Selective Degradation of Cytosolic Proteins by Direct Transport Into Lysosomes

  • Dice J
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Lysosomes are able to internalize cellular proteins in a variety of ways. One pathway is selective for cytosolic proteins containing peptide sequences biochemically related to Lys-Phe-Glu-Arg-Gln (KFERQ). This pathway is activated in confluent monolay-ers of cultured cells in response to deprivation of serum growth factors and applies to approximately 30% of cytosolic proteins. Intact animals also activate this pro-teolytic pathway in tissues such as liver, kidney, and heart in response to fasting. We have reconstituted this lysosomal degradation pathway in vitro using highly purified lysosomes. Uptake and degradation of substrate proteins are stimulated by ATP and a member of the heat-shock 70-kDa protein family, the 73-kDa constitutive heat-shock protein (hsc73). This pathway is selective since ribonuclease A and ribonuclease S-peptide are good substrates, but ribonuclease S-protein is not. Fur-thermore, the uptake mechanism is saturable, and at 4 °C substrate proteins bind specifically to a protein component of lysosomal membranes, presumably a receptor or polypeptide transporter. A portion of cellular hsc73 is associated with lysosomes both on the cytoplasmic face of the lysosomal membrane and within the lysosomal lumen. Hsc73 within the lumen is required for polypeptide import into the organelle. These results indicate that the lysosomal polypeptide import process is strikingly similar to those for import of proteins for residence in other organelles. © 1995 Elsevier Inc.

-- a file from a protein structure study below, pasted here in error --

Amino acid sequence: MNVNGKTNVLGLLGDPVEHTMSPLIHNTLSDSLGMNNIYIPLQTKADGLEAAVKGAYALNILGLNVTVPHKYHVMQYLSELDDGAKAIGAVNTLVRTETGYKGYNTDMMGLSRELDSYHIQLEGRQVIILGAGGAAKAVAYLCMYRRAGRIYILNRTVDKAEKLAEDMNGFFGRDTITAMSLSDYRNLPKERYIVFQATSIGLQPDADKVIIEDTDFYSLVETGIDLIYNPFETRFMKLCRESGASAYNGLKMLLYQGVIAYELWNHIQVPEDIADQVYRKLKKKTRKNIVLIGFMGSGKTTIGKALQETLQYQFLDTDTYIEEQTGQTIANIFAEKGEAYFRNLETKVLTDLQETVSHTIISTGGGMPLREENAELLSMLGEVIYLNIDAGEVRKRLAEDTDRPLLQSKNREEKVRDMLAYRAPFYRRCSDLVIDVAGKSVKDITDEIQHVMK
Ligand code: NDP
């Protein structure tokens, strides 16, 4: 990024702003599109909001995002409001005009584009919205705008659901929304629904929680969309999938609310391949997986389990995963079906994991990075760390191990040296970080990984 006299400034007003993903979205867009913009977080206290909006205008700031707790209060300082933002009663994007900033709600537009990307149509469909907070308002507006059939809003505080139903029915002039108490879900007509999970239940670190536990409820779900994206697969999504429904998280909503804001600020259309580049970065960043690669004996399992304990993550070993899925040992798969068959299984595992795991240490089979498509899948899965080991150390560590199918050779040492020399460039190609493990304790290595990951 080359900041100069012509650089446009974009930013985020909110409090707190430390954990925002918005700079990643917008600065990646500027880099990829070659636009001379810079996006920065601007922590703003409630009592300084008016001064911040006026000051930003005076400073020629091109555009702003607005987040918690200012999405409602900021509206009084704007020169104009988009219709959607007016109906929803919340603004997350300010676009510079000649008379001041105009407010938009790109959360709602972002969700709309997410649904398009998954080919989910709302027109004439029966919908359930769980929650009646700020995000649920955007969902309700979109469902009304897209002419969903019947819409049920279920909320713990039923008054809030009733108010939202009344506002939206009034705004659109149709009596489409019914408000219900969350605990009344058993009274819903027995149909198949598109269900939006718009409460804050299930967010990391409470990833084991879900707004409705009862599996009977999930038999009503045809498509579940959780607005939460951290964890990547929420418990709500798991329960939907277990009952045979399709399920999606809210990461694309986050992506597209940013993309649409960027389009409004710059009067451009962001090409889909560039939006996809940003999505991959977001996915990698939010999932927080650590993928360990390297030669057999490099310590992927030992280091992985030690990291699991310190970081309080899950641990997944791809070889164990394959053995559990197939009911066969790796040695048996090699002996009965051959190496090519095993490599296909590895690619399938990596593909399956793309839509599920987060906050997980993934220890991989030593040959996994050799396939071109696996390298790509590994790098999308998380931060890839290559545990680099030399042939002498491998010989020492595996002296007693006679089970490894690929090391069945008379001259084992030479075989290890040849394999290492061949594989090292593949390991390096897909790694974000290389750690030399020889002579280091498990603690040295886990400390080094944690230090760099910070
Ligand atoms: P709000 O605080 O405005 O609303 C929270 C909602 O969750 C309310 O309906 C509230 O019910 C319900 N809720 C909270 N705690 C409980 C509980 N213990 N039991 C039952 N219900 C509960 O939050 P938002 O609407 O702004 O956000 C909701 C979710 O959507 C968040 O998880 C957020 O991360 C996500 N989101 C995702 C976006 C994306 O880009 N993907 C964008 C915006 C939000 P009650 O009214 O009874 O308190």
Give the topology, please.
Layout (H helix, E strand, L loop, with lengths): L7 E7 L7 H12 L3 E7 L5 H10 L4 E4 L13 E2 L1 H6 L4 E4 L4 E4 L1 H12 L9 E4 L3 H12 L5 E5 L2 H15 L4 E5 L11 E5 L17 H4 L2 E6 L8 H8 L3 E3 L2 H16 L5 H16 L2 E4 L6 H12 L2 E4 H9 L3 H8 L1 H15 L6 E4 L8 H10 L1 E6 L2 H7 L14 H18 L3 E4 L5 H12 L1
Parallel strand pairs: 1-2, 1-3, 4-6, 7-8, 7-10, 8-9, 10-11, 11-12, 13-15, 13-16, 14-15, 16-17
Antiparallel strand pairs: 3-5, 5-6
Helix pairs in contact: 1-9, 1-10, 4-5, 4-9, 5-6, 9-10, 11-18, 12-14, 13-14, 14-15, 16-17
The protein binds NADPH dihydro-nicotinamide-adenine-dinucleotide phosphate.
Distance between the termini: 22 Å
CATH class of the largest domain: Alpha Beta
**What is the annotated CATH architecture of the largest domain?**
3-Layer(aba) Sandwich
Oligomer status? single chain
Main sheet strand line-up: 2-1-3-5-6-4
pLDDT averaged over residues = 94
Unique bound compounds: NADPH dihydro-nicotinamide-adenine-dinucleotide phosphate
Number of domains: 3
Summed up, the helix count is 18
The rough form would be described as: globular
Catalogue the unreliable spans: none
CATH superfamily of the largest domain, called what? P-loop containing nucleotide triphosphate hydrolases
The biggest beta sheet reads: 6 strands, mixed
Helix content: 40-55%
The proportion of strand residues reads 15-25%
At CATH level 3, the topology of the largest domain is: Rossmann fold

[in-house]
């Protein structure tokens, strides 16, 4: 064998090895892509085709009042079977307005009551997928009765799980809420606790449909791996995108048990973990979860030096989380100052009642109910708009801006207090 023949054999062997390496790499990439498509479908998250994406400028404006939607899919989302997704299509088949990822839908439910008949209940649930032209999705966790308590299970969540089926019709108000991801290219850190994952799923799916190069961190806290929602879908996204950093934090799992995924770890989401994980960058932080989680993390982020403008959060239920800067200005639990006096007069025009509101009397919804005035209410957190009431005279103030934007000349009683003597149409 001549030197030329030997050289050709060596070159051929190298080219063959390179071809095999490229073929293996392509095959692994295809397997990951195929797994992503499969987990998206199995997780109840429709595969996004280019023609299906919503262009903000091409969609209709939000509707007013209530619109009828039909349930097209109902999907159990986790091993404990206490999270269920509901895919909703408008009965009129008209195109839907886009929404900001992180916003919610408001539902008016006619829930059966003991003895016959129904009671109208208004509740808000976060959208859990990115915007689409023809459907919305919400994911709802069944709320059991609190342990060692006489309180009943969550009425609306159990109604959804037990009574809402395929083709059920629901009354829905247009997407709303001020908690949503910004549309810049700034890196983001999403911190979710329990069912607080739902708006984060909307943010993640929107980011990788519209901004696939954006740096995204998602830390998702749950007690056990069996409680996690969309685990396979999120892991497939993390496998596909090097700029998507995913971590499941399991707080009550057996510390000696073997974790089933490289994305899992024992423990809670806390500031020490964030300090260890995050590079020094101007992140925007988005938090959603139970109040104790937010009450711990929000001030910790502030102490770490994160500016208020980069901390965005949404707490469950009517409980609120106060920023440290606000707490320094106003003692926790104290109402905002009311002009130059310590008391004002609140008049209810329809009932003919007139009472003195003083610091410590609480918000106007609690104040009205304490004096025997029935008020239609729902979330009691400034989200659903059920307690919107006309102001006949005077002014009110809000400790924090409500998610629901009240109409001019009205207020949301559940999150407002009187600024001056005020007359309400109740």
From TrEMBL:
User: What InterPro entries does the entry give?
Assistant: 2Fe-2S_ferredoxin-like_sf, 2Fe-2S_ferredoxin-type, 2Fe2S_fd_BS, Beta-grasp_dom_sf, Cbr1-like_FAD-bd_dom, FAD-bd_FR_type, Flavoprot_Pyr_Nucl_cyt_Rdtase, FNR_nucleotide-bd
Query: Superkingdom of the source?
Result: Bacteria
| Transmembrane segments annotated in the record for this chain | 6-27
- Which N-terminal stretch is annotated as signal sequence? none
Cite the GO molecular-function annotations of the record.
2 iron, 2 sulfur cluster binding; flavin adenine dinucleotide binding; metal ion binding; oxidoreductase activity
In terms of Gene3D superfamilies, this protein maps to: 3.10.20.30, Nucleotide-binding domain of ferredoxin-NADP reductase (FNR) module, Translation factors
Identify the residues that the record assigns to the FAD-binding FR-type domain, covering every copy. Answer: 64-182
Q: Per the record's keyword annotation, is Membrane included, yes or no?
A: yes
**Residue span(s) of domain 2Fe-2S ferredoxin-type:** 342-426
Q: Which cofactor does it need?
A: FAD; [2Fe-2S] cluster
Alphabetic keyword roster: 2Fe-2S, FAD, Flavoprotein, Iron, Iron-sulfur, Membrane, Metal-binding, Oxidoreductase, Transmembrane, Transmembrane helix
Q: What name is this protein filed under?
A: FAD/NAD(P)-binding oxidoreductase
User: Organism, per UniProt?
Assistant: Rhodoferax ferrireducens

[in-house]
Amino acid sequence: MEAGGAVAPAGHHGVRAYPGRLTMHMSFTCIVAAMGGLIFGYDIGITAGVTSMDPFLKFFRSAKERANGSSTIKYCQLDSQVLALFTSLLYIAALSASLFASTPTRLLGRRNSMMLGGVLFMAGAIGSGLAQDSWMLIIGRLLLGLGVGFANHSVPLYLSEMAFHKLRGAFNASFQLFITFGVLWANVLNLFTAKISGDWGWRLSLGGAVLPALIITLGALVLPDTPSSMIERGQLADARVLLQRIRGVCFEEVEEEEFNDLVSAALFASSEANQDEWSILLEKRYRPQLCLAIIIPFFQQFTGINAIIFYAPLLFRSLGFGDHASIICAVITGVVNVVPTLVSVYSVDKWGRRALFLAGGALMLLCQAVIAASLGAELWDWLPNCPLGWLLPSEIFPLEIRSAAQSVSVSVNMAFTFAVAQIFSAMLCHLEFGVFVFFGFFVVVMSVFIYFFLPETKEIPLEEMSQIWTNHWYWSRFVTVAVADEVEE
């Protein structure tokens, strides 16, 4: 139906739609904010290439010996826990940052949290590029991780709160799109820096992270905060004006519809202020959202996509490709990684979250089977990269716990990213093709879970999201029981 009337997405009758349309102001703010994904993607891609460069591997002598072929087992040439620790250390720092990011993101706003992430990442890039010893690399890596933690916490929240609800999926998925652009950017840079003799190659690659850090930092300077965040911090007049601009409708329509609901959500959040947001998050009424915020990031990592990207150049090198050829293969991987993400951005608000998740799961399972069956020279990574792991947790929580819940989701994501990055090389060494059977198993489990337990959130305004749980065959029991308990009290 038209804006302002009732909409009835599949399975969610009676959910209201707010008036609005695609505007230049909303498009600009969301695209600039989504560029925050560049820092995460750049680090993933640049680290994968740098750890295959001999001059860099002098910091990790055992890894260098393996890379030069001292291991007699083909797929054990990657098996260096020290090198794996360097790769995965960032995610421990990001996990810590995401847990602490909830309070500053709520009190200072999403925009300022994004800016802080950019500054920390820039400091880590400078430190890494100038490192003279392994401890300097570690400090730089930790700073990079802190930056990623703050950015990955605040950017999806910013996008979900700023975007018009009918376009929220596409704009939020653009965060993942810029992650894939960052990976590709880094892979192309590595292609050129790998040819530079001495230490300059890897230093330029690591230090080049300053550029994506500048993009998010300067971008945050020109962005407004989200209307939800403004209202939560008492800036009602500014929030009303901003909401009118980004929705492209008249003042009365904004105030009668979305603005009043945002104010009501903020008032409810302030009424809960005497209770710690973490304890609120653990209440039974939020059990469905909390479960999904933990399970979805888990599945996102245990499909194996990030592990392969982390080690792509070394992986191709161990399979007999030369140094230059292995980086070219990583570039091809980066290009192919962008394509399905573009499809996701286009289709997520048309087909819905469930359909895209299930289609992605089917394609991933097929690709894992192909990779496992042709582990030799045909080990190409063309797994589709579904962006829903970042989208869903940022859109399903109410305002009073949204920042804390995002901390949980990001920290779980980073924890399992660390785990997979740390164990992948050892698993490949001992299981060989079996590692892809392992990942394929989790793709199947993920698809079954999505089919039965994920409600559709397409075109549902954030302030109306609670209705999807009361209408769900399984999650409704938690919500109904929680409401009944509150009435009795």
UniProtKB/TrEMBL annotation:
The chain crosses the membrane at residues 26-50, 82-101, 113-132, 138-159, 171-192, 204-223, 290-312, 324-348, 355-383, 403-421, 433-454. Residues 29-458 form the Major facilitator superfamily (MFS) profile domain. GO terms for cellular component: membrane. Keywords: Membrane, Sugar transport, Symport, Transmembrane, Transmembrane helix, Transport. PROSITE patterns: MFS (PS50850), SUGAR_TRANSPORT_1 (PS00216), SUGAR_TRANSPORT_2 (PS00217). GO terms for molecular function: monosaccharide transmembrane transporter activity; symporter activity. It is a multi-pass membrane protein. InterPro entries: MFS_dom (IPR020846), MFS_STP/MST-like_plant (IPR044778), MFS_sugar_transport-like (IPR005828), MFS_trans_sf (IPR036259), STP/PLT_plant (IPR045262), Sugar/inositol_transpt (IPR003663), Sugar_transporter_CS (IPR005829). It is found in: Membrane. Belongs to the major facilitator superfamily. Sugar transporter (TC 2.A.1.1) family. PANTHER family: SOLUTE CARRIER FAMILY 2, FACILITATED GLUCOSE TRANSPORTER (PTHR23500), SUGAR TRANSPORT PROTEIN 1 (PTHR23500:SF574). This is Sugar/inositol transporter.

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  • J. Fred Dice

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